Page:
The Sierra Club Nature Writing Handbook: A Creative Guide
This newest volume in the Sierra Club's acclaimed The series includes autobiographical writings, essays, short stories, and poetry that communicate a passion for nature which enhances our appreciation of a wide range of landscapes and wildlife. Diverse in mood and setting, the nineteen selections, including seven in print for the first time, represent the best of the genre.
Readers will delight in Chip Rawlins's memoir of life in the Wind River Mountains of Wyoming, Dan O'Brien's tale of falconry on the Great Plains, David Rains Wallace's exploration of the Darien, Barry Lopez's essay on the coral reefs of the Caribbean island of Bonaire, and Marybeth Holleman's evocative essay on St. Lawrence Island in the Bering Sea.
Other contributors are Rick Bass, SueEllen Campbell, Lisa Couturier, John Daniel, Jan Grover, Penny Harter, Adele Ne Jame, Homer Kizer, W. S. Merwin, David Petersen, April N. Rieveschl, Alianor True, Louise Wagenknecht, and Terry Tempest Williams.
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In the hands of an accomplished writer, however, the effect of such literary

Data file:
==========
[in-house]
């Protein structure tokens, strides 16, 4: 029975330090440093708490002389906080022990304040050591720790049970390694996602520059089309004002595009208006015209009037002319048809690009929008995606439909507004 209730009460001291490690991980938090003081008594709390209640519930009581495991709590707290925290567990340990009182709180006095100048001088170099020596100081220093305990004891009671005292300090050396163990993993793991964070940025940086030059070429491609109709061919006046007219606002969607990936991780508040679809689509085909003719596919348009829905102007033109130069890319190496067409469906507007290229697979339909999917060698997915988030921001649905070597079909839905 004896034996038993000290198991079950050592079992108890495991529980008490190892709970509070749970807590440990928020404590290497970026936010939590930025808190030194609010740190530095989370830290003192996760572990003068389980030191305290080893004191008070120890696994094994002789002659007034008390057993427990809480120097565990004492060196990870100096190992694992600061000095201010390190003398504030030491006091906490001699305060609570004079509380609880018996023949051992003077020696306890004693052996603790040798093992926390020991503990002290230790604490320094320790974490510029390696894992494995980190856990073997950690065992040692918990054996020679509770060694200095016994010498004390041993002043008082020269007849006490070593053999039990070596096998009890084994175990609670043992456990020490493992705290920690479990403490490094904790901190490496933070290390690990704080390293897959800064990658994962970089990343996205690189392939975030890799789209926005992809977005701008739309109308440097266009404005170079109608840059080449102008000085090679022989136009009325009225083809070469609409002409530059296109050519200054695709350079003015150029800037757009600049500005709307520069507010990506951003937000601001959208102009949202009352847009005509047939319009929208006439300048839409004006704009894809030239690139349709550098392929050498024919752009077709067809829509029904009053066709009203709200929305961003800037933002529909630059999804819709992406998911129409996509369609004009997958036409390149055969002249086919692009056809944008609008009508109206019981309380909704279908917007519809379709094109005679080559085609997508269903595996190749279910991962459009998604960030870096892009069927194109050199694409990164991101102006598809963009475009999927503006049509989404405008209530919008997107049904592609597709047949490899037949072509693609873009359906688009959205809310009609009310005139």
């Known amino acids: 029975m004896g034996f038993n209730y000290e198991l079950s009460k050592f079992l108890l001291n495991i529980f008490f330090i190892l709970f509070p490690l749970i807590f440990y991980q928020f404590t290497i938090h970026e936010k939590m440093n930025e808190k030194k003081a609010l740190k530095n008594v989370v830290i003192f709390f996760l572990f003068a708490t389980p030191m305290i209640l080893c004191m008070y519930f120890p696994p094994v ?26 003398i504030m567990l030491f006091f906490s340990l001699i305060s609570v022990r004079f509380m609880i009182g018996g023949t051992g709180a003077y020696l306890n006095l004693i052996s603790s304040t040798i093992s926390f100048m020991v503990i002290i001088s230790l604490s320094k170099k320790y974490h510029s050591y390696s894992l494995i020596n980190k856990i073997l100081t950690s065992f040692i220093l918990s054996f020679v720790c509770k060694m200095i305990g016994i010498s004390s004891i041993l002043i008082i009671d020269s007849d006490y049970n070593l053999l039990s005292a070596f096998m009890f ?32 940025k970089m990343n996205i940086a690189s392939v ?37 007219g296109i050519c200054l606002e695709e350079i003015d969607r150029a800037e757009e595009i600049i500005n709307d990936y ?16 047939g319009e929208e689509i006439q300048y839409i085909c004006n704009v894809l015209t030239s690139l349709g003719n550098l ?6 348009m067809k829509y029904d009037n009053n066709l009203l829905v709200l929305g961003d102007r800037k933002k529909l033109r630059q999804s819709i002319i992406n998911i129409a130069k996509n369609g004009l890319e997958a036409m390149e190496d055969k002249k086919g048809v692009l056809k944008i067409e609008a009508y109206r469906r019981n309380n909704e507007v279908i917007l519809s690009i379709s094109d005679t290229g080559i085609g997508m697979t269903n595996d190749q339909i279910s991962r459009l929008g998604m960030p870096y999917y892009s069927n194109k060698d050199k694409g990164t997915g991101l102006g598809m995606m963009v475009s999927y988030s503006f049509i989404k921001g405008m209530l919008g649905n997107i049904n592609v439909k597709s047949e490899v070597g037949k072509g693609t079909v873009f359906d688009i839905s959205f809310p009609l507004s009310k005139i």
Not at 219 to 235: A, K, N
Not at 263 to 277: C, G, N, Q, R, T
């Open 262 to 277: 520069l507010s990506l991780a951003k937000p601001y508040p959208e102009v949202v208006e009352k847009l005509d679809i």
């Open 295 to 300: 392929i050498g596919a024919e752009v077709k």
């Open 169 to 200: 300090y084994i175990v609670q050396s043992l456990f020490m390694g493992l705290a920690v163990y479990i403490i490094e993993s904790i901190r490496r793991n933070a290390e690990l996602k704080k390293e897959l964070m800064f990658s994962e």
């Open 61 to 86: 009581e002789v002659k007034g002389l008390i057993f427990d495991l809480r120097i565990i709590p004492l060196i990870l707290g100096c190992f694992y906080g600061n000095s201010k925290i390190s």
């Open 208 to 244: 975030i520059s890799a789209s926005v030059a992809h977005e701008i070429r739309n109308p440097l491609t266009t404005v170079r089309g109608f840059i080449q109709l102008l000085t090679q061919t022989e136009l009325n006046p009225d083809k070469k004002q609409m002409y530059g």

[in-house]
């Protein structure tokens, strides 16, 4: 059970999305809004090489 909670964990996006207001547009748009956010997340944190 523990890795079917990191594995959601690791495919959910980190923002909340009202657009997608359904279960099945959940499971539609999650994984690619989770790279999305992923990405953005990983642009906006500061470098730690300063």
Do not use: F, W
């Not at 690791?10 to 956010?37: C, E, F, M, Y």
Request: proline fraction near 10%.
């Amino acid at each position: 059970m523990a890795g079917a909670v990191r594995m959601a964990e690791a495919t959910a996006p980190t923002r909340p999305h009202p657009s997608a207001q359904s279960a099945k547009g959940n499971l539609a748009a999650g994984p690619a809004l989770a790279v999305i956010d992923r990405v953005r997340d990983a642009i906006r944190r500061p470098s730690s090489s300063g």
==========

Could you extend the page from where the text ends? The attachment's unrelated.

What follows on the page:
devices as metaphors and similes can be dazzling, as in this passage from Barry
Lopez's fine essay "Drought:" The river has come back to fit between its banks. To
The forest looked like a firm grass sward, and the effect of these lakes in its midst
has been well compared, by one who has since visited this same spot, to that of a
"mirror broken into a thousand fragments, and wildly scattered over the grass, ...
For example, Dr. Chris Servheen, the federal biologist who oversees all grizzlies
in the Lower 48, believed that the genetic effects of interbreeding would doom the
"island population" of grizzlies in the South San Juans. He later published a ...